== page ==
May 15, 2006 12:00 PM

For four months John Groves has wondered what his brother’s last moments were like in West Virginia’s Sago Mine, where 12 men died after a Jan. 2 explosion. Now, after receiving a letter from sole survivor Randal McCloy Jr., Groves, 43, is full of conflicting emotions—outrage after reading that his brother Jerry’s air pack failed and comfort that McCloy shared his own oxygen with the dying Groves. “I would almost consider Randal my brother’s brother,” he says.

In an April 26 letter to miners’ families, McCloy paints a picture of camaraderie, resolve and, finally, a kind of peace as carbon-monoxide poisoning took the lives of 11 men. (The fire boss, Terry Helms, was killed in the blast.) The three-page letter chronicles how the men mounted two escape attempts and tried to signal their location to rescue workers. “We found a sledgehammer, and for a long time, we took turns pounding away. This effort caused us to breathe much harder,” McCloy, 27, wrote. “We eventually gave out and quit our attempts.”

McCloy, whose recovery from carbon-monoxide poisoning after 41 hours in the mine has astonished doctors, also told of how, after at least four emergency air packs failed, the miners shared their most precious resource. “I shared my rescuer with Jerry Groves, while Junior [Martin] Toler, Jesse Jones and Tom Anderson sought help from others,” he wrote. International Coal Group, Inc., which owns the mine, responded in a statement that the air packs “were all within their manufacturer suggested life” and had been checked every 90 days.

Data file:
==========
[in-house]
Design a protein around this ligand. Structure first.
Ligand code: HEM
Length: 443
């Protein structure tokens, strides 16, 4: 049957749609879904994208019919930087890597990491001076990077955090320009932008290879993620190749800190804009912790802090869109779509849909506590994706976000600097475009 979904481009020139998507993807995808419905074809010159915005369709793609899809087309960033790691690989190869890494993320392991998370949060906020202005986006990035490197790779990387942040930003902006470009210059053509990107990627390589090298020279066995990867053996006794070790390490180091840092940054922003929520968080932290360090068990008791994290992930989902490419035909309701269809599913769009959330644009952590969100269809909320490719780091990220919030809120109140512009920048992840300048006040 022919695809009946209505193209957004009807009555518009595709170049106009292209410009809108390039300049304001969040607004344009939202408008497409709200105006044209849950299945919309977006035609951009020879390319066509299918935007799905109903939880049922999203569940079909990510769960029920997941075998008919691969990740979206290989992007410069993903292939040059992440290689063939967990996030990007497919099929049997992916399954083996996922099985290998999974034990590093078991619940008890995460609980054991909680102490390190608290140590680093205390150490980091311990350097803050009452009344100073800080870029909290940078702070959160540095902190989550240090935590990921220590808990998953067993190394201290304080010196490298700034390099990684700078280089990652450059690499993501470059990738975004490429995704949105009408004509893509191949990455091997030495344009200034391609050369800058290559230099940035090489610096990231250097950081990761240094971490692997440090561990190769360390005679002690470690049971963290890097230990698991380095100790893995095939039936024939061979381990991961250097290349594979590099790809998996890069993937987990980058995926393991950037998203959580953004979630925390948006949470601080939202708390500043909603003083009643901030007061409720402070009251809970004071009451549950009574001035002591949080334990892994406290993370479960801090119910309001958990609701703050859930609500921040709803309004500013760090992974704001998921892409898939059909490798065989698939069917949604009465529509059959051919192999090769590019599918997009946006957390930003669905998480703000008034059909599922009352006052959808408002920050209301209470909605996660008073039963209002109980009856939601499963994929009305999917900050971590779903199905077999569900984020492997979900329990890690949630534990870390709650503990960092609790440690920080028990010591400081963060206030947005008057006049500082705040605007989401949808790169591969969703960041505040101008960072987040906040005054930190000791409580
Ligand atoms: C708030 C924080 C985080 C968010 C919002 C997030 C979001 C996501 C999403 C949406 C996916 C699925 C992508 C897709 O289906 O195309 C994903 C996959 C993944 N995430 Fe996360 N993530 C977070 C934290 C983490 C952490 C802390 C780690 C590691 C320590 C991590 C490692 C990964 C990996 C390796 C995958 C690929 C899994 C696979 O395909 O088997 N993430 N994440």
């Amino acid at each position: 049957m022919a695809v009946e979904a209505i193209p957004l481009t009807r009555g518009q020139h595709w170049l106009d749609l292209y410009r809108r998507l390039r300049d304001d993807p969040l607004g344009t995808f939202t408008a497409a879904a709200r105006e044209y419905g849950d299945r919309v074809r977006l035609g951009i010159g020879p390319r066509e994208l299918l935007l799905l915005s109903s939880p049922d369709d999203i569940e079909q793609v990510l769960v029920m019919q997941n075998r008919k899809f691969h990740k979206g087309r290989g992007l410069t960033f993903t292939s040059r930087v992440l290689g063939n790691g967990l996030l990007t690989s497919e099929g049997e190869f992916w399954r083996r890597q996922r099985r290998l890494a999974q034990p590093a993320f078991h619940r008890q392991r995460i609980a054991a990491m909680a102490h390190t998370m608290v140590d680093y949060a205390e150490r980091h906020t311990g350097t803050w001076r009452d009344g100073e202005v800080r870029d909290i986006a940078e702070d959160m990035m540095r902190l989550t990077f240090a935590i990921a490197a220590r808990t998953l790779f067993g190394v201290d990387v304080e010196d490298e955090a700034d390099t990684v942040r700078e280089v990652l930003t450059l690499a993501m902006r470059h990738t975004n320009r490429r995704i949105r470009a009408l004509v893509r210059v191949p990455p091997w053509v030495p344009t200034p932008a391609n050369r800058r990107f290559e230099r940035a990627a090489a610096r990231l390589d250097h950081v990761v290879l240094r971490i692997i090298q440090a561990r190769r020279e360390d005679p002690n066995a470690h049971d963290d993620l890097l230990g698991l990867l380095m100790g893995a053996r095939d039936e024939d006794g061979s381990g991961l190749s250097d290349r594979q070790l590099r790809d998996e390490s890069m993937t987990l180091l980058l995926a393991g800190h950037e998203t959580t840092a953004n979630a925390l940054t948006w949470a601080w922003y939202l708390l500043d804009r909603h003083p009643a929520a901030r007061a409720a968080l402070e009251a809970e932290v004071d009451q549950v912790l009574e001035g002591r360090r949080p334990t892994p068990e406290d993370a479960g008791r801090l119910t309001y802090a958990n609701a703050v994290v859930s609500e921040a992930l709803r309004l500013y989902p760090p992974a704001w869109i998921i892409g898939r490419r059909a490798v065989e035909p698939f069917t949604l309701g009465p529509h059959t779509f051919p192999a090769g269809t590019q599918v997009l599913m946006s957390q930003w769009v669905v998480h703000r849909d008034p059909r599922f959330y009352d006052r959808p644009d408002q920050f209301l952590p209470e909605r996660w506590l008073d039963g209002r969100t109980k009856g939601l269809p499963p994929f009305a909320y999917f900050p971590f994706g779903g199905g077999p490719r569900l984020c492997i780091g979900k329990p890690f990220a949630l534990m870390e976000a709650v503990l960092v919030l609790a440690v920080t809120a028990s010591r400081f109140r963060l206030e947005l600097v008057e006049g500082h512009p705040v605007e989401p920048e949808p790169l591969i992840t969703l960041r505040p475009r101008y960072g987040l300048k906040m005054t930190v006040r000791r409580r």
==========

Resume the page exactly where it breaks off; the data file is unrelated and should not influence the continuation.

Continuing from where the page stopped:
In his letter, McCloy describes Martin Toler helping to mount one of the escape attempts and, as death grew near, leading the miners in the Sinner’s Prayer. “We were worried and afraid, but we began to accept our fate,” McCloy wrote. “We prayed a little longer, then someone suggested that we each write letters to our loved ones.” All of which is a “double-edged sword” for Toler’s son Chris, 30, who says he had hoped never to learn the details of his father’s death. “It’s a little bit of closure,” he says, “and opening up wounds at the same time.”

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